An ESA, or emotional support animal, is a companion animal that provides therapeutic benefit to an individual suffering from a psychiatric disability.
Millions of Americans already rely on an ESA as a means of coping with the debilitating effects of mental illness and likewise, many college students are now opting out of pharmaceutical treatments in favor of four-legged therapy.
The fact of the matter is that an ESA can empower someone with a psychological disability to enjoy the same quality of life as others, and that should be the end of the issue, shouldn’t it?…
But sadly, it is not.
The New York Times recently published an article looking, with skepticism, at the prevalence of colleges in the United States allowing students with mental health issues to have their ESAs live with them on campus.
It caused quite a furor among readers of the Times, with comments ranging from the disapproving, to outright scathing attacks on students with mental health problems:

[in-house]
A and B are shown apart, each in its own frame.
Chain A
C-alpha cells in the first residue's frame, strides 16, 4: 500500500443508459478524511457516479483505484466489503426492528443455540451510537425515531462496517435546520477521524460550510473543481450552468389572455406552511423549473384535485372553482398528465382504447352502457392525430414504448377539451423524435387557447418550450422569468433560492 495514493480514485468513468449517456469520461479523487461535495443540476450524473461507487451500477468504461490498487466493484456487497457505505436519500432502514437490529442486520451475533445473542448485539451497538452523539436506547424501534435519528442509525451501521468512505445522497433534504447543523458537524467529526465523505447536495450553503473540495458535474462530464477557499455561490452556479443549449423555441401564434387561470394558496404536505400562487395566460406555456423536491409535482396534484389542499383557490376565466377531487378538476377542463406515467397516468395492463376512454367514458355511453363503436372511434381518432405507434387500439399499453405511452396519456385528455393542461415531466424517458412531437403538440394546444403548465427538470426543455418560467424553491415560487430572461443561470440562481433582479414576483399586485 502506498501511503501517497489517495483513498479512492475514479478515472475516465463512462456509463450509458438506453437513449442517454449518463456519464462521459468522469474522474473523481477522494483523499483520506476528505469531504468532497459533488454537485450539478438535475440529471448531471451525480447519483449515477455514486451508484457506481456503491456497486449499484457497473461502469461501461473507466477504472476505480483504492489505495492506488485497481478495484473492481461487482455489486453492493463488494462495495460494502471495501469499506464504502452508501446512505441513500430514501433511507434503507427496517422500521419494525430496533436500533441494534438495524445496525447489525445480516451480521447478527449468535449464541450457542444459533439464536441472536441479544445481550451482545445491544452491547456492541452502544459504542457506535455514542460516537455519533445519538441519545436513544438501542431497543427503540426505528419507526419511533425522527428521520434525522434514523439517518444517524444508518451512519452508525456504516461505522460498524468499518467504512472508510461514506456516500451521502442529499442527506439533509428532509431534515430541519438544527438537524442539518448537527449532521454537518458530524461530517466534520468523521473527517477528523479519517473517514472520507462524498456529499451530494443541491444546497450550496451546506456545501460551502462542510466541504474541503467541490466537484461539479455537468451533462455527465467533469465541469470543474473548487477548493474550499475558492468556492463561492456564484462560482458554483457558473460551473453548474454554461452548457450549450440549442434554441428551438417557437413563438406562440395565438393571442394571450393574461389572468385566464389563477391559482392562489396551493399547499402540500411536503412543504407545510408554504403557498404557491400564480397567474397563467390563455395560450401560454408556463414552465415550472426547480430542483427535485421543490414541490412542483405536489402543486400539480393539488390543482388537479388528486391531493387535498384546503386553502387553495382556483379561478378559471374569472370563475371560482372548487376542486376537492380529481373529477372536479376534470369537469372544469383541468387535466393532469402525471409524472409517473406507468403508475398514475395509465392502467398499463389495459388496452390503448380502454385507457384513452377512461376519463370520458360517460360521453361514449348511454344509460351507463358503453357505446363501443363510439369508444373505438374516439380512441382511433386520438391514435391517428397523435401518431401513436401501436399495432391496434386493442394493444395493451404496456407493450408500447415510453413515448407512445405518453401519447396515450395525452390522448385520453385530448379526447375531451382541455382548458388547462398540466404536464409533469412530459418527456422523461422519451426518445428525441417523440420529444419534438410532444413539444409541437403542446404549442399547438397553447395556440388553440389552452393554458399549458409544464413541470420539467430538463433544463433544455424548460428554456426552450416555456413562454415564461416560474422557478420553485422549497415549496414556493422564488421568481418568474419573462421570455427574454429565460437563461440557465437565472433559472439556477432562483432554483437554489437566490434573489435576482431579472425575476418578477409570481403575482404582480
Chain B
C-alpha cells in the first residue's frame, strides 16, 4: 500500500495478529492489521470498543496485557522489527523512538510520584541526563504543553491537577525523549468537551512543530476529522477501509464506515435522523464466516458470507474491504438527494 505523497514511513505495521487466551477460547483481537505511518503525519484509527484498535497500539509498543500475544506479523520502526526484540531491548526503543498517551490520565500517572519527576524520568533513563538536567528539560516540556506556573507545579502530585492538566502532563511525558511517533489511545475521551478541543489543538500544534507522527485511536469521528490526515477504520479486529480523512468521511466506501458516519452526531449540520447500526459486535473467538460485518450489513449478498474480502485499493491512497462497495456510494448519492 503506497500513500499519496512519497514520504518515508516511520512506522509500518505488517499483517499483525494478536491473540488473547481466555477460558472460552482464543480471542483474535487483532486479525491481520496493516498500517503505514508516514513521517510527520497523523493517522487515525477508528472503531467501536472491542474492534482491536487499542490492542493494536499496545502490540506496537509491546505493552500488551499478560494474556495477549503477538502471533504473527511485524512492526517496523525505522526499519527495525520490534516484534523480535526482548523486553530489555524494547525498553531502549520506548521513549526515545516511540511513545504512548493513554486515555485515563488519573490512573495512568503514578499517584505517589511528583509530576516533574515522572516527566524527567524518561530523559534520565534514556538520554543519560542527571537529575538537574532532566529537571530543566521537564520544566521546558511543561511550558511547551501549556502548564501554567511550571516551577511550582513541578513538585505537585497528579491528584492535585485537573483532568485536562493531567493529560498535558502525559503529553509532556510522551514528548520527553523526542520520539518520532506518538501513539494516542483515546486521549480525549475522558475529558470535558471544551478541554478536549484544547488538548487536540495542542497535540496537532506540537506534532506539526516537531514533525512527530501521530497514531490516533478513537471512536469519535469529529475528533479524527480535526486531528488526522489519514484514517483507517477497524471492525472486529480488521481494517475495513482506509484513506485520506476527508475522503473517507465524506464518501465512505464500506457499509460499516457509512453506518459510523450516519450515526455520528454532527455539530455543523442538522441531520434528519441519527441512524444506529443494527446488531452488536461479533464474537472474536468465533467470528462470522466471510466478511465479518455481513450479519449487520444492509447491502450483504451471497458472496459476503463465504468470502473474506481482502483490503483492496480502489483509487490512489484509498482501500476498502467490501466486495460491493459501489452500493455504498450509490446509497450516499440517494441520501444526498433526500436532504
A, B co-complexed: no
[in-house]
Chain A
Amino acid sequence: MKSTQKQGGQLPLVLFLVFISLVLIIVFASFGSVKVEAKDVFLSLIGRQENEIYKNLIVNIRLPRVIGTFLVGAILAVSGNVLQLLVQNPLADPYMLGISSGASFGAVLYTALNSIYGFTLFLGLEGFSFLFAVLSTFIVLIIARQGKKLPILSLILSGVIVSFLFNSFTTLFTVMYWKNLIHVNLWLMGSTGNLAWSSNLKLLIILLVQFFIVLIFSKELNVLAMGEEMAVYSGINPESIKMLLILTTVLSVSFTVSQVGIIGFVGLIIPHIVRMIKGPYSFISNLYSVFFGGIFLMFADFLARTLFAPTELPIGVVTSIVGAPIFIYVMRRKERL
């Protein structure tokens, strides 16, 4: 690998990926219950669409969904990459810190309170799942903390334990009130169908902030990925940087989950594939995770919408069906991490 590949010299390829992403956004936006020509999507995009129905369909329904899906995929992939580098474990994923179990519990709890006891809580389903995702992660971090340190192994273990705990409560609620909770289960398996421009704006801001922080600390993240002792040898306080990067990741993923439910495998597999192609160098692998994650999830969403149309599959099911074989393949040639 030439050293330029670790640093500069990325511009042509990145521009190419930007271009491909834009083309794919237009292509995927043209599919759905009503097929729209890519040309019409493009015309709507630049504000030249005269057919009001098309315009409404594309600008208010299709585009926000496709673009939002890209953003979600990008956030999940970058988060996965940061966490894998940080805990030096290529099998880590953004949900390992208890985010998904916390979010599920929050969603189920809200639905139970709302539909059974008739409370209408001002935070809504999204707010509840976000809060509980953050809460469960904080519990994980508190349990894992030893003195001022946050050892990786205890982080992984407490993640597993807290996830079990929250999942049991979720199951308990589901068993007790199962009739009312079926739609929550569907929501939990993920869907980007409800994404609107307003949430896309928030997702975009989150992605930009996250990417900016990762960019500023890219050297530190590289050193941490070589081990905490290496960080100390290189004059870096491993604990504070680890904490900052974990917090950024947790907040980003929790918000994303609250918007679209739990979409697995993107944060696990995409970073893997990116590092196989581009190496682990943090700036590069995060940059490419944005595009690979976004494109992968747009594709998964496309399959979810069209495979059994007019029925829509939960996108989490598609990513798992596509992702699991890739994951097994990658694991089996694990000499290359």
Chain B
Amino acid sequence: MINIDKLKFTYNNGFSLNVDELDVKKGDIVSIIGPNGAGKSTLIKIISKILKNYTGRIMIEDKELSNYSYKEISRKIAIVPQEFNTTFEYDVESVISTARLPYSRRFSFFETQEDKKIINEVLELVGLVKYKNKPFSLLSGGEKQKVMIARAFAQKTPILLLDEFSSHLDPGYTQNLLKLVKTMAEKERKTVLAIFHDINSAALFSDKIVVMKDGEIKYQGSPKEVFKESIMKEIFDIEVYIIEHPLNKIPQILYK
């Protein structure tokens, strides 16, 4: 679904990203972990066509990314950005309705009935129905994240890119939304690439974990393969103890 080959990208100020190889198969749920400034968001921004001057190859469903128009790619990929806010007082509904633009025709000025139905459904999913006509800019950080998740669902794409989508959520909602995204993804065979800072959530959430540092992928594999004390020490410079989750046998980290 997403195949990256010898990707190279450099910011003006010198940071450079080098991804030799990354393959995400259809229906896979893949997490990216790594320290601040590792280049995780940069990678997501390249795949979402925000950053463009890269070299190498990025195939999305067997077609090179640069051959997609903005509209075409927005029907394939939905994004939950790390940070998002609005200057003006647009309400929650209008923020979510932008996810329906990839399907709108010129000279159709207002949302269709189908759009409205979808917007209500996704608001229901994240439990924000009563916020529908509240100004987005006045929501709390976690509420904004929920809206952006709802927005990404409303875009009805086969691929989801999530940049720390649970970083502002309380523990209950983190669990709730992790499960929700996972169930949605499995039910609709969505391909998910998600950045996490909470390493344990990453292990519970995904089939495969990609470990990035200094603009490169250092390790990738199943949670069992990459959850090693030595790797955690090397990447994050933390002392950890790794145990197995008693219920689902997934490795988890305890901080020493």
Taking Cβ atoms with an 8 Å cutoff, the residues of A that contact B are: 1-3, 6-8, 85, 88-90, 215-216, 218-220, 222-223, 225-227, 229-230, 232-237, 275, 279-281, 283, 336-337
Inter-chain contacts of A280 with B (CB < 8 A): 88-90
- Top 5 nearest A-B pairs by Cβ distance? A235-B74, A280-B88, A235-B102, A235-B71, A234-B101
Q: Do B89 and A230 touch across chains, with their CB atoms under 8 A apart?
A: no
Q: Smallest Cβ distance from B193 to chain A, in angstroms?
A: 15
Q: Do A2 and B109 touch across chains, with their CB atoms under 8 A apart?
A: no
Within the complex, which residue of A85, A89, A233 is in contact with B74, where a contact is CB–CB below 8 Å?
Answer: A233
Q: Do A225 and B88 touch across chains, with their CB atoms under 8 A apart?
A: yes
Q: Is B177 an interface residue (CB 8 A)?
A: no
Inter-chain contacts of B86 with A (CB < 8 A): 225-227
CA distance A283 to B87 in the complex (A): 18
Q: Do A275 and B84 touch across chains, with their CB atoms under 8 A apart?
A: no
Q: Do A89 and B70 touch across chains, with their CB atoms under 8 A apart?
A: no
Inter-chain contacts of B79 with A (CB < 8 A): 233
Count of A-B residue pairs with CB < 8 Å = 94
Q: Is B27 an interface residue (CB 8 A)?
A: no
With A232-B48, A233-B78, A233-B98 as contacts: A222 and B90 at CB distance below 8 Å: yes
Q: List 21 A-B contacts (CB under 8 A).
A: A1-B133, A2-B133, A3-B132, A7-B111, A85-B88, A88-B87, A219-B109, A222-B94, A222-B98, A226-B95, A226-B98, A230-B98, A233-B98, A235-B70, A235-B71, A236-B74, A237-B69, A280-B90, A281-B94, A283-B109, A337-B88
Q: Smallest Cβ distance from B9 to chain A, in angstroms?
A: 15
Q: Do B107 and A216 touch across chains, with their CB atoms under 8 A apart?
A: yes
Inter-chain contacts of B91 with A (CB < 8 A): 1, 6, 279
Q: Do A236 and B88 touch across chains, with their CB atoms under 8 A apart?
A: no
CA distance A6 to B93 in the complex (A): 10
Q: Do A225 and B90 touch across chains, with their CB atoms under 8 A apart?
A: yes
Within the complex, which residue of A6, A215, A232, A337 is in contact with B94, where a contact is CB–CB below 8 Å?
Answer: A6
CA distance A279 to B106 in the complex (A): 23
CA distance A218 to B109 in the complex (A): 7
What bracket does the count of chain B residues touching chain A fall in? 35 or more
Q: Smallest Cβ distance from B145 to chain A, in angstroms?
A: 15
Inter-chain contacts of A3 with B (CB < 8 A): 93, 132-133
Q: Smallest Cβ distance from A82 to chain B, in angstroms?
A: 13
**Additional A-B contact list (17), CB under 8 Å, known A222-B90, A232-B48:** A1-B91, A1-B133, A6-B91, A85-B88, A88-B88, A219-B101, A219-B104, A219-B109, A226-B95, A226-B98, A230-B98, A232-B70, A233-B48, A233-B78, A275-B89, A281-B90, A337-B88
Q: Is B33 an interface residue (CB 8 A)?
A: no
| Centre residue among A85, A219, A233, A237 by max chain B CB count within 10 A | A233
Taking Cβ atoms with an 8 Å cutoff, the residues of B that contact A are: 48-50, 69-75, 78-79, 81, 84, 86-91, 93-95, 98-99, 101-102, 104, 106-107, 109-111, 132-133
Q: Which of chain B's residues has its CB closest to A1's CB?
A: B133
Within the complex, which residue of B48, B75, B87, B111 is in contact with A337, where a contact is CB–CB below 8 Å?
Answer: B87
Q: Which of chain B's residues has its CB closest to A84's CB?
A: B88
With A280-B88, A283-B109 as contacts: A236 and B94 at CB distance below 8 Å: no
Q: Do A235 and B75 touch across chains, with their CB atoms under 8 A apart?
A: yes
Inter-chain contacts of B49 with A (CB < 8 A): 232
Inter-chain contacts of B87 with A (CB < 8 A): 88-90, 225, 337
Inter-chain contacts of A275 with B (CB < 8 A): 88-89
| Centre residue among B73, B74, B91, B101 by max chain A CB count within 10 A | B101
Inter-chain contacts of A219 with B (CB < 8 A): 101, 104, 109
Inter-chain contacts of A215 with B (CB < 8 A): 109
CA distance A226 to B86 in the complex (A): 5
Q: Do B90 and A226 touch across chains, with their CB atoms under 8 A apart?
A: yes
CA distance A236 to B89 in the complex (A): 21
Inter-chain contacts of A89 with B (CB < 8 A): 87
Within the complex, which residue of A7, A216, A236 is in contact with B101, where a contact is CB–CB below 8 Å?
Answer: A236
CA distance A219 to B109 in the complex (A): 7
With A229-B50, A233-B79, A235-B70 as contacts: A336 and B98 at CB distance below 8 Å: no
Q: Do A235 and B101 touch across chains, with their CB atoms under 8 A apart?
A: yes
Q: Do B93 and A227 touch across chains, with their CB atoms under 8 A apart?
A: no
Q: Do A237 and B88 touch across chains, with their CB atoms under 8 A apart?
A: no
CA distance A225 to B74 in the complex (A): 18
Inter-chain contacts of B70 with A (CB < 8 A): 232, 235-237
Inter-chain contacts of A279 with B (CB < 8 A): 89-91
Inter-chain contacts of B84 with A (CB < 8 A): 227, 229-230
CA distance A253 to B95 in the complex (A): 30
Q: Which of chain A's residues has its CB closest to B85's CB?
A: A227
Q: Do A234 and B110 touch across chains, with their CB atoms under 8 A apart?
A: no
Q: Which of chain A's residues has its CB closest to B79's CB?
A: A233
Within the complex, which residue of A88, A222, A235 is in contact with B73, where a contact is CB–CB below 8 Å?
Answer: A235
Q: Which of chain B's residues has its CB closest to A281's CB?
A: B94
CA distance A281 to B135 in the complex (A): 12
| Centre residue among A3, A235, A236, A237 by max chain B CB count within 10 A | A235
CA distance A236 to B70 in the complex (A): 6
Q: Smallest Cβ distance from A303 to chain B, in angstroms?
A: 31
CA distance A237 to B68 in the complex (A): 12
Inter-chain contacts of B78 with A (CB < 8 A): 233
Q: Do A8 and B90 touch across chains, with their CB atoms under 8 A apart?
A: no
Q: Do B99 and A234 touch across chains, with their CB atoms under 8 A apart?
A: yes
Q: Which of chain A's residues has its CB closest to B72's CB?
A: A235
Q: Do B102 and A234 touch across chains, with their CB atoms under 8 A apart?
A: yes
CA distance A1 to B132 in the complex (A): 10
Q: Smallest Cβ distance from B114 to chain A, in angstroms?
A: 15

“Our nation is raising a generation of over-coddled weaklings who are going to get eaten in the real world.” – Seanathan, NY
In fact, the overall frothing at the mouth witnessed in the comments section led writer Jan Hoffman to publish a follow-up, ‘Emotional Support Animals: Readers Tough on Those in Need’.
Tough indeed, but do that many people really feel that disability-shaming these students was acceptable, or were they just trolling?
Do they even have a clue what they were talking about?